The group known as NC RIoT has moved beyond discussing the Internet of Things movement to helping people join it. 

In a series of events coming this fall, people with ideas for IoT products—combinations of hardware and software along with sensors, radios, Bluetooth or other antenna technology—will get the chance to learn from local leaders in the movement. It’s a natural evolution for an organization that has grown from a handful of hobbyists to 900 members who range from Cisco and Cree executives to venture-backed CEOs to inventors. 
“The group itself and the business community is evolving out of let’s talk about pie in the sky stuff,” says co-organizer Matthew Davis, whose day job is as vice president of marketing for Reveal Mobile. “We have companies in the area building solutions. We’ve got an example where Phononics is working with Brightwolf and Smashing Boxes to put together a complete IoT solution. We thought, ‘How can we help other companies do this?” 
And that’s an important question for an organization trying to make North Carolina “Center of IoT Universe.”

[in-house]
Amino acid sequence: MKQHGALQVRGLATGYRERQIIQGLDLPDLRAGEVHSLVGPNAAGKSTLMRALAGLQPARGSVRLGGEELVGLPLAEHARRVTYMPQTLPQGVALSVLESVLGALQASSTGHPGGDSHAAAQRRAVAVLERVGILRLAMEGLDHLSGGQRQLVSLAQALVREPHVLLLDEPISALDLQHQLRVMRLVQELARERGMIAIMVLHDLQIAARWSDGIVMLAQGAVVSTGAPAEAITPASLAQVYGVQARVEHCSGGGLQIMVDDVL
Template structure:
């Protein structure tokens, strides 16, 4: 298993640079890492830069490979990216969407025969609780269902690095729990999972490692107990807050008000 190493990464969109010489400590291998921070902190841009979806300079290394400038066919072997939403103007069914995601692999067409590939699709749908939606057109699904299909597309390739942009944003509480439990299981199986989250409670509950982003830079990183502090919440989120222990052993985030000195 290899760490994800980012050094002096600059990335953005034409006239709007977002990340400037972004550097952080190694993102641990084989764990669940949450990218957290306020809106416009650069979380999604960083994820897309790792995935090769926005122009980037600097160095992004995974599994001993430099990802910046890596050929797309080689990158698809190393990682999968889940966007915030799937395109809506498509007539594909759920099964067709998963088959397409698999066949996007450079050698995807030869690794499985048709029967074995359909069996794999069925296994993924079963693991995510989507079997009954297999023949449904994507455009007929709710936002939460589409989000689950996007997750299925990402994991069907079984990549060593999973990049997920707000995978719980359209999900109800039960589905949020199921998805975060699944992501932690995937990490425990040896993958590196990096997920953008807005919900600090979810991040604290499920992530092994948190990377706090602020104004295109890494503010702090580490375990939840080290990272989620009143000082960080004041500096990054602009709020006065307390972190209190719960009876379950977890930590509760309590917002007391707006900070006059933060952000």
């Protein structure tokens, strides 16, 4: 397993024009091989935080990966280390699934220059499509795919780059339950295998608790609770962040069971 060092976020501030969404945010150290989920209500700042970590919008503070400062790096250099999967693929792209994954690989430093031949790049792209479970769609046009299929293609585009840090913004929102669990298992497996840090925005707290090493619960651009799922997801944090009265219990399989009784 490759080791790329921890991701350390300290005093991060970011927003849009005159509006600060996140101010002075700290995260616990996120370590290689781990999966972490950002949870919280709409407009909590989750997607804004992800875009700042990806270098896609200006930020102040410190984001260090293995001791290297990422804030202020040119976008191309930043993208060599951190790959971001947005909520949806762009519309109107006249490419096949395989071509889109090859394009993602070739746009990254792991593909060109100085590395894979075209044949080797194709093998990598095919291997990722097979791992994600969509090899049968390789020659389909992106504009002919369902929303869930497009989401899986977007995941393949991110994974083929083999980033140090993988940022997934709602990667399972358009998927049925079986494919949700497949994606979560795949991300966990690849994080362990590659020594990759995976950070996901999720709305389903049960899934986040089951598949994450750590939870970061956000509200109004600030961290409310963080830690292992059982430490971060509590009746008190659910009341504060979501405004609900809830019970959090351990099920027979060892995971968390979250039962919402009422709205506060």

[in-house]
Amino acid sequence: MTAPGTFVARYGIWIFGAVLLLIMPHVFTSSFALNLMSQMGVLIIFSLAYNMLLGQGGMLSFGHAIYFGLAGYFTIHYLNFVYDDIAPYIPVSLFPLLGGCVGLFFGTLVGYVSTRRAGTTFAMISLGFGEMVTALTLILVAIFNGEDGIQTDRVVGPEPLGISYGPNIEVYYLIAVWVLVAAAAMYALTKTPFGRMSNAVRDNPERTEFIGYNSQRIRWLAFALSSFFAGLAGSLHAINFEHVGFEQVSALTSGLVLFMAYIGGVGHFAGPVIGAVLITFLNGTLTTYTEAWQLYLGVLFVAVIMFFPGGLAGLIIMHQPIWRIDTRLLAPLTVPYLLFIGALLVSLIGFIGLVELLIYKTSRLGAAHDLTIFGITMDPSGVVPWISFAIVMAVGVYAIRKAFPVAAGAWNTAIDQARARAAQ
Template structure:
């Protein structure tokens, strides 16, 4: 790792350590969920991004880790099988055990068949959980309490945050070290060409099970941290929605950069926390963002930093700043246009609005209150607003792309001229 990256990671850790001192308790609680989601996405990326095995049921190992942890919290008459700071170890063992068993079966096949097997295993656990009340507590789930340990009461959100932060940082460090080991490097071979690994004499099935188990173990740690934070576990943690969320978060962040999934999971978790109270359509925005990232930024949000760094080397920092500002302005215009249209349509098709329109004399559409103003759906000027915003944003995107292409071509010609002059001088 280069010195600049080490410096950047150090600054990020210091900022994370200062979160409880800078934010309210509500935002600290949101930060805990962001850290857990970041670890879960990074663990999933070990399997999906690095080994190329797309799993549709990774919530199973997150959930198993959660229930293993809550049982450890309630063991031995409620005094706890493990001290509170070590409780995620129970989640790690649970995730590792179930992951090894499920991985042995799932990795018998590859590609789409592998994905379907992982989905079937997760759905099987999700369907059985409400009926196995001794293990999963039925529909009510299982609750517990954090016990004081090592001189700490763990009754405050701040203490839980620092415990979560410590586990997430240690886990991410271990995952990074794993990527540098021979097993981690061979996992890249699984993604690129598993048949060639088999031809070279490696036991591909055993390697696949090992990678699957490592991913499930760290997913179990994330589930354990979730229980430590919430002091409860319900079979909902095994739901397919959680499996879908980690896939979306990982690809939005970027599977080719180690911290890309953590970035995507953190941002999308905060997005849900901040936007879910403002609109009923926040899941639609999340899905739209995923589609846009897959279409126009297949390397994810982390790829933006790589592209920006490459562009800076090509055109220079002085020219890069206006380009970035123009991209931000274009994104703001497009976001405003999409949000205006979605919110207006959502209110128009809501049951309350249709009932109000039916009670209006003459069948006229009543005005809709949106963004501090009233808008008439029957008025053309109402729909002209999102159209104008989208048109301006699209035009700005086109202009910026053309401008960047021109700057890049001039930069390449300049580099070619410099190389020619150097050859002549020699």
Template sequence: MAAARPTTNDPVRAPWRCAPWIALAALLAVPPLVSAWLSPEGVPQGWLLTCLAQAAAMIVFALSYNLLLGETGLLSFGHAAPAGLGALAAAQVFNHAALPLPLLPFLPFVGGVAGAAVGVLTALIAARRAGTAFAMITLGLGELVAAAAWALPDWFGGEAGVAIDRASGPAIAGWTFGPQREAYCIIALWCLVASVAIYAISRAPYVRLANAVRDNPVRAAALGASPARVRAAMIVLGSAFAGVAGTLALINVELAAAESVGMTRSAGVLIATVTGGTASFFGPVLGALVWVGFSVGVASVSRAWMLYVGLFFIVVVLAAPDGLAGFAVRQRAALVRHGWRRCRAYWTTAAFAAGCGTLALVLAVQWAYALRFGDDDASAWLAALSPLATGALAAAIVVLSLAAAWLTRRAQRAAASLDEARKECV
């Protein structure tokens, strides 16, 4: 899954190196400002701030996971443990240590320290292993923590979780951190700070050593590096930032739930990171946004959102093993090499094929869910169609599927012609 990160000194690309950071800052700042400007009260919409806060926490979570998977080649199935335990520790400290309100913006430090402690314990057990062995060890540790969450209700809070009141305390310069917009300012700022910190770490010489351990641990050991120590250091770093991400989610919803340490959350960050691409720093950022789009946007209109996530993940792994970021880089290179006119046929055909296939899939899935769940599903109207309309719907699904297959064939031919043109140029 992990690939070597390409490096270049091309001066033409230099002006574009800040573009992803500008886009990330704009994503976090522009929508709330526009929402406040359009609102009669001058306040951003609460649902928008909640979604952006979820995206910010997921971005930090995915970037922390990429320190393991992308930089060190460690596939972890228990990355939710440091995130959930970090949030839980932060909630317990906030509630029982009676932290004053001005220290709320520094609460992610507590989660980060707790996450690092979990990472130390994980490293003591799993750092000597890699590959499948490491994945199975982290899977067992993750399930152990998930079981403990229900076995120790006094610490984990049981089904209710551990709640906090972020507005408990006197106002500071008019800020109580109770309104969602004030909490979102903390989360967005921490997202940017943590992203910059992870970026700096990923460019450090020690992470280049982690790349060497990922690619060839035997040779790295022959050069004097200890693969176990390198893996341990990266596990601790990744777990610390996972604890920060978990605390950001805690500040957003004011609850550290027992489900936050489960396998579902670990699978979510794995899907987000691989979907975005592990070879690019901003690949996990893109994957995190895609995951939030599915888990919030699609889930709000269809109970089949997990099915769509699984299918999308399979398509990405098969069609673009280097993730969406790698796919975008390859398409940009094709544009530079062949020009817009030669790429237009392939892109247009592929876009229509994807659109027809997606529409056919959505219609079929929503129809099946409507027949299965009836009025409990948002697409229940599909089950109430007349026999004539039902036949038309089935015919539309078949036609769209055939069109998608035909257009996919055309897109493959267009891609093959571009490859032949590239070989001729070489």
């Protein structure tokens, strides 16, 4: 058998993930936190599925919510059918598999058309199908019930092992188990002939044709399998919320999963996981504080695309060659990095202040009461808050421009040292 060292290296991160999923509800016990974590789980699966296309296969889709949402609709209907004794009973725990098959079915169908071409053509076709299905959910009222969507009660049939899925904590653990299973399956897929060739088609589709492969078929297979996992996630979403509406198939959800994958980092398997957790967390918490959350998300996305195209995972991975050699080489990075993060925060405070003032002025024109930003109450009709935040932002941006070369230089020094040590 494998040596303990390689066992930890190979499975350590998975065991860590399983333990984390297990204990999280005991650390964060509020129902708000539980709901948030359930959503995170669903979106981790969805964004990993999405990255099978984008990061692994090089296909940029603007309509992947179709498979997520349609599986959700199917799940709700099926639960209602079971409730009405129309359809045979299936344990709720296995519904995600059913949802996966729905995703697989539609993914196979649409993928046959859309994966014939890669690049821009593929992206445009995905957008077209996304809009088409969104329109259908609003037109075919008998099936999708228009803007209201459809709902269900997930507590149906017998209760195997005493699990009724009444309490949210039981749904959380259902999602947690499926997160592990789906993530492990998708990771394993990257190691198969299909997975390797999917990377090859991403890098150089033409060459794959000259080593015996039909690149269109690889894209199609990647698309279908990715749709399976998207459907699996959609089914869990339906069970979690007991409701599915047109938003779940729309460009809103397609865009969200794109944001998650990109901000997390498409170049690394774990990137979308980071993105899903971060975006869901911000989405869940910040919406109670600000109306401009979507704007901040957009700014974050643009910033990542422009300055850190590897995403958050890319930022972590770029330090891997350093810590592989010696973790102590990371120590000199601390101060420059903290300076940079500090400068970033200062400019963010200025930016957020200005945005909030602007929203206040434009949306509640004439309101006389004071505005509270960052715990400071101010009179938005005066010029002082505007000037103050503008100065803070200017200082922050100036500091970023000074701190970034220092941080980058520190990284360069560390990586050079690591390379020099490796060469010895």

Then, over the first weekend in October, RIoT will host its first hackathon on NC State’s Centennial Campus. Inventors or business people who have an idea for an Internet of Things device simply show up and get the help of local companies to bring their idea to life. Lending their time and expertise over the weekend are hardware manufacturers, electronics experts, software and app developers and designers, security professionals, university professors and seasoned IoT executives. They come from local companies like Brightwolf, Device Solutions, STMicroelectronics, Smashing Boxes, the Wireless Research Center, Reveal Mobile, NCSU ASSIST and Groundwork Labs. 

Davis says those who will get the most out of the weekend will have an idea for a prototype or an IoT company. They could also work within a larger organization without experience in IoT. He hopes some of the attendees are students at local universities.

A winning project will be selected at the end of the weekend, and that person or team will be invited to take part in an abbreviated Groundwork Labs program to learn how to turn the technology into a business. Davis says other prizes may be added prior to the event. Registration will go up soon.

Davis and Stefann aren’t planning any full or part tie programs like an accelerator or incubator. But they expect to ramp up the activities of the organization in months to come. They’re so committed to the growth of RIoT because they’re witnessing powerful connections being made to bring IoT products to life. They see an increasing capability in the Triangle to take products from idea to industry.
“No single company can deliver the IoT stack from start to finish,” Davis says. “You’ve got to have more than yourself building it. You’ve got hardware, software, security, testing, safety, branding and marketing. We’re figuring out how to bring those together more frequently in a meaningful way.”